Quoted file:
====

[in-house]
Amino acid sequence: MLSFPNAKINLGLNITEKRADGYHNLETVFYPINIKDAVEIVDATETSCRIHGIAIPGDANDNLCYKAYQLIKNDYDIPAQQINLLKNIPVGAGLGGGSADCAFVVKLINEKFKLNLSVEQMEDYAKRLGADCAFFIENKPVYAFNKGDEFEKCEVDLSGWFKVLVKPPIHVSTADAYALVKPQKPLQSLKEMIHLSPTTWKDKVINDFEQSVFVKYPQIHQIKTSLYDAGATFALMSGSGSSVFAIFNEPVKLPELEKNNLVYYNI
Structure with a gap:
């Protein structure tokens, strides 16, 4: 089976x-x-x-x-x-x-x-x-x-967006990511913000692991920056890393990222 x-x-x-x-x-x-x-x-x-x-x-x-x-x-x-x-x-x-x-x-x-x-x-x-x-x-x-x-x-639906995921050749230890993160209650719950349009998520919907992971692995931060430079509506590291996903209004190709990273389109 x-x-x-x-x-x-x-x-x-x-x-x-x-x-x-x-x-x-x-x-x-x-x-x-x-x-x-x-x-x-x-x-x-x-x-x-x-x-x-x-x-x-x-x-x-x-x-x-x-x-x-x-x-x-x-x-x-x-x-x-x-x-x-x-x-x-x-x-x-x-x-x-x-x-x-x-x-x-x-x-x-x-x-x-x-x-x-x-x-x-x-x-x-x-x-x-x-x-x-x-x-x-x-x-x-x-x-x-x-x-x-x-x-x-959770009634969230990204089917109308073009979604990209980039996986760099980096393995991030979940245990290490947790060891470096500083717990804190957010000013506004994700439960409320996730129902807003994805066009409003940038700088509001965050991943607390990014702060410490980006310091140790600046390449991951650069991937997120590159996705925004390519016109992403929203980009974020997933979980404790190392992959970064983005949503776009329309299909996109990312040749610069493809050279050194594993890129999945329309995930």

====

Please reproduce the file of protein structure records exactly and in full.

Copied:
[in-house]
Amino acid sequence: MLSFPNAKINLGLNITEKRADGYHNLETVFYPINIKDAVEIVDATETSCRIHGIAIPGDANDNLCYKAYQLIKNDYDIPAQQINLLKNIPVGAGLGGGSADCAFVVKLINEKFKLNLSVEQMEDYAKRLGADCAFFIENKPVYAFNKGDEFEKCEVDLSGWFKVLVKPPIHVSTADAYALVKPQKPLQSLKEMIHLSPTTWKDKVINDFEQSVFVKYPQIHQIKTSLYDAGATFALMSGSGSSVFAIFNEPVKLPELEKNNLVYYNI
Structure with a gap:
């Protein structure tokens, strides 16, 4: 089976x-x-x-x-x-x-x-x-x-967006990511913000692991920056890393990222 x-x-x-x-x-x-x-x-x-x-x-x-x-x-x-x-x-x-x-x-x-x-x-x-x-x-x-x-x-639906995921050749230890993160209650719950349009998520919907992971692995931060430079509506590291996903209004190709990273389109 x-x-x-x-x-x-x-x-x-x-x-x-x-x-x-x-x-x-x-x-x-x-x-x-x-x-x-x-x-x-x-x-x-x-x-x-x-x-x-x-x-x-x-x-x-x-x-x-x-x-x-x-x-x-x-x-x-x-x-x-x-x-x-x-x-x-x-x-x-x-x-x-x-x-x-x-x-x-x-x-x-x-x-x-x-x-x-x-x-x-x-x-x-x-x-x-x-x-x-x-x-x-x-x-x-x-x-x-x-x-x-x-x-x-959770009634969230990204089917109308073009979604990209980039996986760099980096393995991030979940245990290490947790060891470096500083717990804190957010000013506004994700439960409320996730129902807003994805066009409003940038700088509001965050991943607390990014702060410490980006310091140790600046390449991951650069991937997120590159996705925004390519016109992403929203980009974020997933979980404790190392992959970064983005949503776009329309299909996109990312040749610069493809050279050194594993890129999945329309995930």